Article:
This talk is run by The Institute for New Economic Thinking at the Oxford Martin School
Speaker: Alex Pfeiffer
The latest IPCC assessment report confirms that the climate is changing, mainly due to anthropogenic emissions of GHG. The impacts will be unforeseeable but significant. In November 2014, the US and China signed an agreement seeking to limit their emissions, including ambitious targets for the share of renewable energies. In other countries around the world, policies have also been put in place to reduce greenhouse emissions and the share of fossil fuels. At the same time, investors everywhere are still investing in carbon- heavy assets such as coal-fired power, coal reserves, unconventional oil, etc. Why? Investors are aware of climate science and understand the constraints. Various hypotheses are plausible. One is that investors are locked-in to carbon-heavy investments because of existing ‘dirty’ capital stock. The potential loss if this capital becomes stranded can lead an economy onto a carbon-heavy growth path. In my first paper I will propose a theoretical multi-equilibrium model in which an increasing share of renewables in the electricity market can lead to a tipping point from which fossil fuel assets loose value via a self-enforcing feedback loop and become stranded. In this paper I will also test the outcome of such a model for different policy scenarios (i.e. research subsidies for clean technologies and carbon taxes). In my second paper I will test the findings and implications from this model empirically in a number of electricity markets. In my third paper I will qualitatively analyse the investments in 23 new coal-fired power plants in Europe to find out what the underlying set of assumptions and expectations for this investment decision was. Finally in my fourth paper I will empirically test to which extent a stranding of carbon-heavy assets could have an effect on the solvency of the companies who own these assets. The potential effect of a stranding of these assets, e.g. on the stability of the financial sector, has especially important implications for future policies. This has been supported by the Bank of England in a statement, released in December 2014 in which it confirms that it has instructed its staff to “...review whether sizable losses from stranded coal, oil and gas reserves could hurt banks, investors, insurance companies and the rest of the financial system.”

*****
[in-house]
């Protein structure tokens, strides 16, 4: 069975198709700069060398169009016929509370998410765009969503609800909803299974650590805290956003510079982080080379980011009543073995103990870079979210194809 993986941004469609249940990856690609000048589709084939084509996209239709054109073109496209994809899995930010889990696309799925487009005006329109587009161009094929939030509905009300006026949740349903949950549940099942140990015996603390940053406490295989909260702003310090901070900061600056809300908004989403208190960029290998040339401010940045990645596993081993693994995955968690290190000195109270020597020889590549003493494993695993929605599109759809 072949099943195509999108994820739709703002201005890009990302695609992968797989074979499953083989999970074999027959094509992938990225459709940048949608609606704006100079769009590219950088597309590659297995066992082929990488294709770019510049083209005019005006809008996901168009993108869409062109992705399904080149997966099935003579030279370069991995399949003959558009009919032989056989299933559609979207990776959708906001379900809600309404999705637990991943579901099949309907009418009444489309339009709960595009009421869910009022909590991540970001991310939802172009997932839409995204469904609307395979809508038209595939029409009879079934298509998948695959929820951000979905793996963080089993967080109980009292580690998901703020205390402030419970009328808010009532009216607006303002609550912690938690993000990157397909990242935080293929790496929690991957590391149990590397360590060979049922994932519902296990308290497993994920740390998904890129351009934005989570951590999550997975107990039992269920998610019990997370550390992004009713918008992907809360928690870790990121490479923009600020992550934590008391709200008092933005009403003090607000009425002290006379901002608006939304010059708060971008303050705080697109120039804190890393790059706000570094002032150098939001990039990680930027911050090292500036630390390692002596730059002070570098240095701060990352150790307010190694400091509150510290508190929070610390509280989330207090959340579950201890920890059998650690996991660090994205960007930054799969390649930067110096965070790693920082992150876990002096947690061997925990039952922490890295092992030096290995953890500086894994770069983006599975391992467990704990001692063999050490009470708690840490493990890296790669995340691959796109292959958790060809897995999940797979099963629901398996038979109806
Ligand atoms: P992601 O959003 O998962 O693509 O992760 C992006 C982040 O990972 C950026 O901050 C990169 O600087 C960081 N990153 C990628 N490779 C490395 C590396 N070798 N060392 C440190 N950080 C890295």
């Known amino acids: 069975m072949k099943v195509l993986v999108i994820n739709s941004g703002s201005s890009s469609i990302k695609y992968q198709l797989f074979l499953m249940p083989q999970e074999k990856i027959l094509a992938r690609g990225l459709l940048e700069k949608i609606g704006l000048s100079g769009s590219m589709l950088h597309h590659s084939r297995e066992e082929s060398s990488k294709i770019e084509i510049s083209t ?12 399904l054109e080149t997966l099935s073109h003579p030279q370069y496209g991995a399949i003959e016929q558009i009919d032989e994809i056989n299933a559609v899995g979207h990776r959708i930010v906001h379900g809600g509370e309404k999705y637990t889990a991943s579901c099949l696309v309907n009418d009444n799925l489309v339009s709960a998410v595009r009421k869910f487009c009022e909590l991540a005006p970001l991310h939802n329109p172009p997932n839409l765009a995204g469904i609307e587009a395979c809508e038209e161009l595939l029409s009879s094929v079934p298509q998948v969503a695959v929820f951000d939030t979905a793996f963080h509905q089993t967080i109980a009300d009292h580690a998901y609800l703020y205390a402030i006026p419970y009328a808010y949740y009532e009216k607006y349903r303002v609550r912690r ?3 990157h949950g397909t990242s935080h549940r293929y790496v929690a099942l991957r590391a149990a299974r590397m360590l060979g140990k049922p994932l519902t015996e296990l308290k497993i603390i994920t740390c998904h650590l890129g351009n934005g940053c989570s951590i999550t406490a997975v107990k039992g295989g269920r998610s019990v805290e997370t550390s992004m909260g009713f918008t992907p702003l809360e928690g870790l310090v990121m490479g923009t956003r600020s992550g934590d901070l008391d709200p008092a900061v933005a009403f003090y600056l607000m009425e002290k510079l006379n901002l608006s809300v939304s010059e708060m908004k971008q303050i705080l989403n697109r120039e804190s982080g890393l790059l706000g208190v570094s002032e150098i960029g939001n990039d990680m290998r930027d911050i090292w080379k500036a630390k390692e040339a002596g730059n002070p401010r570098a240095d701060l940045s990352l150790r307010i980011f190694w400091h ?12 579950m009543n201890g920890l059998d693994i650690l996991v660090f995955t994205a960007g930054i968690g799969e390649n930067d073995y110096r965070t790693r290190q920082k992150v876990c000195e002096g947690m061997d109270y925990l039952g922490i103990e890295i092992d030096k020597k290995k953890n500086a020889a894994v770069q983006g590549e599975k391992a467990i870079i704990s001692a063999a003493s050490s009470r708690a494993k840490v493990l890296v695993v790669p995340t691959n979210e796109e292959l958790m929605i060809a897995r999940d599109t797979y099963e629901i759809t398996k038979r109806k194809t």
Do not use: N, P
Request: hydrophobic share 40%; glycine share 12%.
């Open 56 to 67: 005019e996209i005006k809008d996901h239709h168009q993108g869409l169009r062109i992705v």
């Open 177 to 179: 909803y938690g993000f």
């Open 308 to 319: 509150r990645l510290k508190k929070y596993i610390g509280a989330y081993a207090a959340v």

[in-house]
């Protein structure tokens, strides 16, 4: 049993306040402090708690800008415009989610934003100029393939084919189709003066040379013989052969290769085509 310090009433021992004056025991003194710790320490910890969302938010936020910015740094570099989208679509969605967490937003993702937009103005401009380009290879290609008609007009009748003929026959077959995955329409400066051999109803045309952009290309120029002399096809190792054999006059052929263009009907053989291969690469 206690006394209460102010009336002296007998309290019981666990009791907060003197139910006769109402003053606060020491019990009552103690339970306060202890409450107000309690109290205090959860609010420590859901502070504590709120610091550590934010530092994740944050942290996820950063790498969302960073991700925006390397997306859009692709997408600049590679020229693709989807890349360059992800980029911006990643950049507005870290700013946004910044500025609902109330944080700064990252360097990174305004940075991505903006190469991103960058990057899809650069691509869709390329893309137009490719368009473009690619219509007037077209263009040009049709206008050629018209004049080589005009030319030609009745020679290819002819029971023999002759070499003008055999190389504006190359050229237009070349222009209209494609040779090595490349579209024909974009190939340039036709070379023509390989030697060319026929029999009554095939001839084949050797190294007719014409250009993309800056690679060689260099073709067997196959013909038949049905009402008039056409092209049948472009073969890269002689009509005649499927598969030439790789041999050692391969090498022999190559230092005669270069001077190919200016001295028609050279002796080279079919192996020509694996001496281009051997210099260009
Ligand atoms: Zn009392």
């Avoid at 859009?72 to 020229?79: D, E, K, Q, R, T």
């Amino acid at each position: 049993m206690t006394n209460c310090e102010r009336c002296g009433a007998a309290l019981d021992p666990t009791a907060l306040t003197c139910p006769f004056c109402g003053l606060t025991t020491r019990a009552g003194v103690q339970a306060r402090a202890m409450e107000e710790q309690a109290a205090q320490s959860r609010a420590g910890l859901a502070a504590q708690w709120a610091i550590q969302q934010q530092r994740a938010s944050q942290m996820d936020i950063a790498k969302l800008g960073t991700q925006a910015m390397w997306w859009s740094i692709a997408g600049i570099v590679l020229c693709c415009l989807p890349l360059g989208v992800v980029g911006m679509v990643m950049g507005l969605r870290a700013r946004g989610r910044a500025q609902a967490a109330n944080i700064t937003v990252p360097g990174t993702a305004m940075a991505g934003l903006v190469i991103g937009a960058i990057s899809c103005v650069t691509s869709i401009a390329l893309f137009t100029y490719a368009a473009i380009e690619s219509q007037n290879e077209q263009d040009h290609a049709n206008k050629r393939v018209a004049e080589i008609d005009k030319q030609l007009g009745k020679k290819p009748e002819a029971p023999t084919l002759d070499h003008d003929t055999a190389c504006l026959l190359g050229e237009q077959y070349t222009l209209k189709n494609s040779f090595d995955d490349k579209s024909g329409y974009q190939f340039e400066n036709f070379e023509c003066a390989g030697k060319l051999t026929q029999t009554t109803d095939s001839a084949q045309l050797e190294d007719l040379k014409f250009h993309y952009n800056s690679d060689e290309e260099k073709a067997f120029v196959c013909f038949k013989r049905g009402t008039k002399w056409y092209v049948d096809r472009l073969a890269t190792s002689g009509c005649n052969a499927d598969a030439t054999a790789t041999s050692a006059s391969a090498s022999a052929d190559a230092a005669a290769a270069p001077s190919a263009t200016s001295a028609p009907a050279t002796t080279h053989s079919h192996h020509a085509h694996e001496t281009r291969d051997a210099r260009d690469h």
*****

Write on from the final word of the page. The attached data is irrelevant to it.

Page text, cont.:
Tea & cake available from 3pm, talk starts at 3.15pm for 30 minutes to then be followed by discussion.